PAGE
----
I have to admit, I cannot live without my phone.
Vicky Gao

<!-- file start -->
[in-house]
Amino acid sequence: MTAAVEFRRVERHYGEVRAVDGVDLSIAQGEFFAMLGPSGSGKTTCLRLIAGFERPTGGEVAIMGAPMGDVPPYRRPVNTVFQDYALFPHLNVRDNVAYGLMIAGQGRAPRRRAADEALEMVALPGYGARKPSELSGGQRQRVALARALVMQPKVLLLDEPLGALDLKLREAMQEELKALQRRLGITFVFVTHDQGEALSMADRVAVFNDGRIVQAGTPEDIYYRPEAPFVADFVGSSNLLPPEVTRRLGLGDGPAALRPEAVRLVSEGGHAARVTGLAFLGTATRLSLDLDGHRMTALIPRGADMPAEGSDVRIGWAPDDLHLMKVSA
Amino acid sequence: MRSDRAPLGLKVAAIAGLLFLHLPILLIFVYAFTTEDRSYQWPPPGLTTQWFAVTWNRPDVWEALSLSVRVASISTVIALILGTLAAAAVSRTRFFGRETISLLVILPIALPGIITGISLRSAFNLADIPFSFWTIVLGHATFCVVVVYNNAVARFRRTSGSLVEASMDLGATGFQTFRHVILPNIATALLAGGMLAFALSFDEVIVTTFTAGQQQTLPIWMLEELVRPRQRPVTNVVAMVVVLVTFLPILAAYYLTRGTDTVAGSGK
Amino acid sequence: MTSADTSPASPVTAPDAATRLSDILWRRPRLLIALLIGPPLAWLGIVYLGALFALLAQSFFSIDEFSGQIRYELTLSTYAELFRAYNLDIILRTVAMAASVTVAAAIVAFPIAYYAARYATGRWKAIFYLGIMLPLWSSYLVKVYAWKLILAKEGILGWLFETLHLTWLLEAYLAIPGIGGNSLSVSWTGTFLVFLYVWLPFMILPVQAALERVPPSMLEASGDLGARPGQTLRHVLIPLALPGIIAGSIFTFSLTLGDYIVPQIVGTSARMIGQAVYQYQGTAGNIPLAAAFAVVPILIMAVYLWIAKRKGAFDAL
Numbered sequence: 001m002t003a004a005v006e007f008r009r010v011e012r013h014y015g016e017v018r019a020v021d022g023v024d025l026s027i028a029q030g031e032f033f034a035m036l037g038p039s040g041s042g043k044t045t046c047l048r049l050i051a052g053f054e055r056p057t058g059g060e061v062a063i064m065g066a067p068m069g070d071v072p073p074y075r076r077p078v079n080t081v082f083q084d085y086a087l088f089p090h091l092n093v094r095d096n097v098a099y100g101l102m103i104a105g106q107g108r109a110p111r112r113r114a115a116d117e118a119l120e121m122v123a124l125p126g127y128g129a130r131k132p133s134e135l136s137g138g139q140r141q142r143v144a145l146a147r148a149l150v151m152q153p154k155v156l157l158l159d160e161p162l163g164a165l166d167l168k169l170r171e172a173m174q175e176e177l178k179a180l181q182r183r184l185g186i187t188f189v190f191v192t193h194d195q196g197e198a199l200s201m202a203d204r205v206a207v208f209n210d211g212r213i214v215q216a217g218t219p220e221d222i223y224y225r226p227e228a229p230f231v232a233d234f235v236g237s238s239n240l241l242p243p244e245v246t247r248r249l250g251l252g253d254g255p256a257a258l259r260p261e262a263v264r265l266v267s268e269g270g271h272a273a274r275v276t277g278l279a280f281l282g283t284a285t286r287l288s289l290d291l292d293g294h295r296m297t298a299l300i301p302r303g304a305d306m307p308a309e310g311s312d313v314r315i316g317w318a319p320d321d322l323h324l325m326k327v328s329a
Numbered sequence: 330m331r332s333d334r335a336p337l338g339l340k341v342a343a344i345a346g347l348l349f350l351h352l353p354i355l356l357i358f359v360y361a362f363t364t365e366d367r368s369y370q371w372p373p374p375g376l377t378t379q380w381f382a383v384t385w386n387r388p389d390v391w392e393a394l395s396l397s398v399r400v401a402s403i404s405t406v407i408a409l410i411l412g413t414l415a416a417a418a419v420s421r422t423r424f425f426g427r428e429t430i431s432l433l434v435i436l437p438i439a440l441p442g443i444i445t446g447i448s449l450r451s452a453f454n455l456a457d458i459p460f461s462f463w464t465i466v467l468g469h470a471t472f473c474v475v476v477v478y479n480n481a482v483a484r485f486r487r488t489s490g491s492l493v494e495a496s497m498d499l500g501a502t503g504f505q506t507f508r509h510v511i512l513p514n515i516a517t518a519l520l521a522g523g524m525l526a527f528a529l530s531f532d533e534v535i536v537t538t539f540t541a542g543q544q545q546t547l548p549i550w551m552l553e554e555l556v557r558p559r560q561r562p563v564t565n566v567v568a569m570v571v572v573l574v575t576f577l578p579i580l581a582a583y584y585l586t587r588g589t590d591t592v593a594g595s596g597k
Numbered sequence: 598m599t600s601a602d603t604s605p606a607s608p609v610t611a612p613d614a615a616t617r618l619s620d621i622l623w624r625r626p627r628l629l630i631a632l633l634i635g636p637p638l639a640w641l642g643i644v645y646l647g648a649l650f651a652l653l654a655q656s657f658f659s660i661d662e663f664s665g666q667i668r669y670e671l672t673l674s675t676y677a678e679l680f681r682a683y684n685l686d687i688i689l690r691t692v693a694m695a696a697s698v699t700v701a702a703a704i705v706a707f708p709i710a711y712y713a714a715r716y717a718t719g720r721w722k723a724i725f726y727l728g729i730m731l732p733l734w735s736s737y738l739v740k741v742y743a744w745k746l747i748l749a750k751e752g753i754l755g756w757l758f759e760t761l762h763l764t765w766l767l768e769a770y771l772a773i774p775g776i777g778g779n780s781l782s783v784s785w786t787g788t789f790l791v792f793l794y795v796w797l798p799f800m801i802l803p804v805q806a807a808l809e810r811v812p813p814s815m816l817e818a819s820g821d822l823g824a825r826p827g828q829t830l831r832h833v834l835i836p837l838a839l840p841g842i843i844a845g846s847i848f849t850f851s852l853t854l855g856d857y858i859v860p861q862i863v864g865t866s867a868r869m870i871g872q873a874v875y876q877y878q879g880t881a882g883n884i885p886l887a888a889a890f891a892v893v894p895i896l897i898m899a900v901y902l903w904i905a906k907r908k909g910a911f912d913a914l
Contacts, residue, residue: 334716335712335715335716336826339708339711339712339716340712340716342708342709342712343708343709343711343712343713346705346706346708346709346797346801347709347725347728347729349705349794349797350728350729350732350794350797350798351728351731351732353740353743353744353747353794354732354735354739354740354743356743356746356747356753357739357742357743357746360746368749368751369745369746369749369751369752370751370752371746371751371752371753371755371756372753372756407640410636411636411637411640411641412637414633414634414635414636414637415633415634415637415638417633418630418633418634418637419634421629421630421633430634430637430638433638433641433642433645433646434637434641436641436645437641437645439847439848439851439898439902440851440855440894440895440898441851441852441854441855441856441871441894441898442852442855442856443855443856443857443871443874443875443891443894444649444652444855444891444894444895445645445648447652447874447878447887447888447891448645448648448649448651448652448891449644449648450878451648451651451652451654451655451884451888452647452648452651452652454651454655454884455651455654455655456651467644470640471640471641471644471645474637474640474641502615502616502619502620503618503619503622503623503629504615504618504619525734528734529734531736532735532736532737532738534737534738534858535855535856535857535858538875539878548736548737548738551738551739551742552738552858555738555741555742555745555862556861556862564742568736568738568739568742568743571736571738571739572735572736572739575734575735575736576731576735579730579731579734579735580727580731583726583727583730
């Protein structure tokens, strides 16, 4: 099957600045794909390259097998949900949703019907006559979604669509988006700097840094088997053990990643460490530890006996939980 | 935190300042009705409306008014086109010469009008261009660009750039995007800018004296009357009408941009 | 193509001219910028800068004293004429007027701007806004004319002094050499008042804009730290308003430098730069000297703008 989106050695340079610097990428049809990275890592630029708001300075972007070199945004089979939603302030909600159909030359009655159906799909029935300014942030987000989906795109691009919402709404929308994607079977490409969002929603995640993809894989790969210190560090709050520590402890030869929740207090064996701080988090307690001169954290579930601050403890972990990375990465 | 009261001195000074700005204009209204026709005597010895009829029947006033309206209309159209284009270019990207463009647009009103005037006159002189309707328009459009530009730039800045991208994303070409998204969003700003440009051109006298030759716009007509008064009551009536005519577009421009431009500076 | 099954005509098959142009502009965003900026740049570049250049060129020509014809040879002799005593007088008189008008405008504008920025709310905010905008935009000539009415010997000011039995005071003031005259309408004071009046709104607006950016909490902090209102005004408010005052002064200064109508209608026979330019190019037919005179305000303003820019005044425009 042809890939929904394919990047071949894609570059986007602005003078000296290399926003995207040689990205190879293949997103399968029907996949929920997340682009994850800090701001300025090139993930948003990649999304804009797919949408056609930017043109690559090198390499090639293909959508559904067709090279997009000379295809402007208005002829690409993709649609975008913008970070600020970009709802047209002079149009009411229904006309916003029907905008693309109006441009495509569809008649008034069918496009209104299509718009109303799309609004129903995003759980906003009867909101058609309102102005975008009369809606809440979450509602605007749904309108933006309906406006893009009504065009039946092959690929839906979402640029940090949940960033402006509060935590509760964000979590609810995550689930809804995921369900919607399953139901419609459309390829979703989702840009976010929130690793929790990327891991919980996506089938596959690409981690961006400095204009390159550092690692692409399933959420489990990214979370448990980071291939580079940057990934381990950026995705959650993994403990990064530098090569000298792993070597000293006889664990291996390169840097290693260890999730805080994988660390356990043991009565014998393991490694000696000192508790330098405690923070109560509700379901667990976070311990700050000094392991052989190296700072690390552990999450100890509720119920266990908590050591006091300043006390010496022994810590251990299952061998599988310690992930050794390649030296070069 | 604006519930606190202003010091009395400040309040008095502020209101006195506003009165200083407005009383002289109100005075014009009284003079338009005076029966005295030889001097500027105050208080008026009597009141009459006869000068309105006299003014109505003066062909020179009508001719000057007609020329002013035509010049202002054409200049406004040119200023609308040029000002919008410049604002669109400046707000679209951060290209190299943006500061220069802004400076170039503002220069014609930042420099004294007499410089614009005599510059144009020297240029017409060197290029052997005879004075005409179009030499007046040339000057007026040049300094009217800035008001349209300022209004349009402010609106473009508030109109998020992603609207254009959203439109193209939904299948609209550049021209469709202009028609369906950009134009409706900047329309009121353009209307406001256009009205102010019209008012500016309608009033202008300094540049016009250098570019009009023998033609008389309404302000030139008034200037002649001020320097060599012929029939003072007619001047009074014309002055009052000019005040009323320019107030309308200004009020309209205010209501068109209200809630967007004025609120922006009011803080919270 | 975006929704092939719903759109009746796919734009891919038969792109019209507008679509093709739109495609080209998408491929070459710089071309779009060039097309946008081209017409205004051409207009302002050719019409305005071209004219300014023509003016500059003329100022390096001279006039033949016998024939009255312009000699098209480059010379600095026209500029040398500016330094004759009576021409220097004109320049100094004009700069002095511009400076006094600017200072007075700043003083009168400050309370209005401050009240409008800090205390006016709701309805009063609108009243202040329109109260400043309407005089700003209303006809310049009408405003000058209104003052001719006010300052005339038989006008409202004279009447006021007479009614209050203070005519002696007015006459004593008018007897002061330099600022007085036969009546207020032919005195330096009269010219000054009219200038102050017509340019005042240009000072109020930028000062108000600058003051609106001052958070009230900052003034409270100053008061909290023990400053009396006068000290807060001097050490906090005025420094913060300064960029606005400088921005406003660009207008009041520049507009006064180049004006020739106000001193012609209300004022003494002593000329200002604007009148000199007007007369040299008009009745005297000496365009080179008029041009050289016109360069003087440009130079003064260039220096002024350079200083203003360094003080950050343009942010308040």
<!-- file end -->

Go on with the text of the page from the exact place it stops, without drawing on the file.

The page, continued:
Great perspective Vicky. I’m definitely not anti technology, or anti social media. For me, Medium has provided an avenue for introspection, self expression and connection that I find very meaningful. Facebook has allowed me to connect with people I really care about that would have drifted from my memory forever. I’m just challenging the instances where easy, less meaningful (subjective of course) options replace harder, more meaningful ones. For example, let’s say it’s your birhtday and 10 people write on your Facebook wall. I’m guessing that most of those people, let’s say 8 of them, would have never said anything to you on your birthday without Facebook. So in this sense, that’s great. I just don’t like the 2 people who would have called you but now use Facebook because it is easier, and in my opinion, a live phone call is a more meaningful connection than a note on your wall (side note: Facebook has started texting me on people’s birthdays, and I can “reply 1 to automatically leave a happy birthday message on their wall”). I think where we diverge is in the importance of seeing what is going on in people’s lives (this is not really about my piece, just a tangent). What people post online, in most cases, is a superficial representation of the “what” of their lives. But you rarely get the “how,” the “why,” the slow moments, the bad moments, the struggles, the failures, the challenges, all the things that make us human and make having a close and vulnerable relationship worthwhile. I love that I can see what my sister is doing in Germany, but seeing those pictures will never compare to our hourlong midnight conversations about the nuances and challenges and beauty of life. Anyways, I do think your “anti anti social media” perspective is a compelling and in some ways valid one — you should write about it! I’d love to read it.